Ol Donyo Lodge is the consummate family safari destination; hosting children aged 5 to 15 and modifying the level of activities according to age.

A Snapshot of the Young Explorers Club Activities:

  • BIKE RIDE ON THE PLAINS: Safari Cyling! Cycle across the plains among animals such as giraffes, zebra and impala.
  • PAINTING: Picasso Painting! Paint on canvas and easel in ‘the hide’ with wildlife and Mt. Kilimanjaro as the inspiration.
  • MAASAI BEADING: Bush Beading! Bead traditional Maasai bracelets and necklaces with the Maasai ladies at the nearby village while learning the cultural relevance of the beautiful artwork.
  • KITE FLYING: Let’s go fly a kite!! The plains in front of ol Donyo were meant for this fun activity.
  • ANIMAL TRACKING: Hiking the Chyulu Hills! The volcanic soil provides the perfect medium for tracking. Hike with a guide to discover what’s been sniffing around.
  • BUSH SURVIVAL SKILLS COURSE: The Warrior Way! Living and thriving in the bush is no intuitive task for a city kid. Learn the Maasai’s traditional livelihood techniques, from fire starting, shelter making, cooking, catching water to making bows and arrows.
  • LIVING LIKE A WARRIOR: Putting survival skills to the test! After the in depth training and completion of the Bush Survival Skills Course, try it all out including the opportunity to sleep out in the bush whether it be on top of the kopjes, at our local tree house or in pop tents on the crater.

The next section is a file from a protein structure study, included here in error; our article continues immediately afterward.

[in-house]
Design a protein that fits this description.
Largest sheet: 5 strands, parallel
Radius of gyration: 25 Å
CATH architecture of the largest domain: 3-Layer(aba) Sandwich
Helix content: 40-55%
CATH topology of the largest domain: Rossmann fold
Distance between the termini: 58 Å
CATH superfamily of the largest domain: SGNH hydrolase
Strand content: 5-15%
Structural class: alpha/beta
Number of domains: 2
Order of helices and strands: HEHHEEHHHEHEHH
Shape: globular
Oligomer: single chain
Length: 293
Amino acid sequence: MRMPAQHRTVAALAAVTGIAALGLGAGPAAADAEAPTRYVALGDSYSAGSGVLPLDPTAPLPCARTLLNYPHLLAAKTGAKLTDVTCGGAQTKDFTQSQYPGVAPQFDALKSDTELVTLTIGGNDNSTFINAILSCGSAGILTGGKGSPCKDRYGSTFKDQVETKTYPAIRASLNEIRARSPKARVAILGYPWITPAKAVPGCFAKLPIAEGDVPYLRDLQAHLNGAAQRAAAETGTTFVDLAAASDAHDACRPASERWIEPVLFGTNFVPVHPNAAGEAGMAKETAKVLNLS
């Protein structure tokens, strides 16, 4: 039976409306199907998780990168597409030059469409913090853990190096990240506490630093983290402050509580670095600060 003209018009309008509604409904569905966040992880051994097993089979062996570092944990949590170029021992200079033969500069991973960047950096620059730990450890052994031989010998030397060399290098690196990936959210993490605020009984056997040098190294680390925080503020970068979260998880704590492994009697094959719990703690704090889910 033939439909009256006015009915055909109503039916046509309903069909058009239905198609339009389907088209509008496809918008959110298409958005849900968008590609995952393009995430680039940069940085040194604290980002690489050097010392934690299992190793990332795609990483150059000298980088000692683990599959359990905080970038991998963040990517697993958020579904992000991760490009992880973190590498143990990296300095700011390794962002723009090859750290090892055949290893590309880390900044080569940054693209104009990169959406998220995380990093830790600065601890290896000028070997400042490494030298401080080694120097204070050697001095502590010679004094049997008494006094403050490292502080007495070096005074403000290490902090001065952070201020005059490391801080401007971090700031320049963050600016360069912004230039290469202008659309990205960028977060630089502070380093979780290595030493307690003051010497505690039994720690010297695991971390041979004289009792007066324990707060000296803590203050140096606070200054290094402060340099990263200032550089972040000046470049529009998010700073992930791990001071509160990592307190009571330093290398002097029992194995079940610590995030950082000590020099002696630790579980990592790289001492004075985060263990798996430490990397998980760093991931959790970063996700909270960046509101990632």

• DANCE LIKE A WARRIOR: How high can you jump? Time to learn the impressive ceremonial traditions of the young Maasai. What is the meaning behind their formidable jumping, the reason behind the traditional dress and the celebration that accompanies both?
  • SCHOOL FOR A DAY: Don’t worry, there’s no homework! Ever wondered what it might be like to attend school in Africa? Here’s a chance to visit with local kids, and even maybe a pick up soccer match.

On arrival each child will receive a Great Plains Young Explorers pack complete with animal tracking tools, Swahili vocabulary, puzzles and coloring books. Upon completion of the programme, children will receive a badge and certificate.

Sample Great Plains Young Explorers 3-day itinerary (subject to change based on kid’s ages and impromptu opportunities). Everything is flexible so this merely a concept itinerary.


  • Arrive at ol Donyo Lodge greeted by the Great Plains Young Explorers guide Elijah or Daniel who will welcome the children to ‘the hide’ for juice and cookies and excite them for embarking on the Great Plains Young Explorers programme.  Each child will receive their Great Plains Young Explorers pack, filled with fun tasks and projects.
  • Mid-Morning: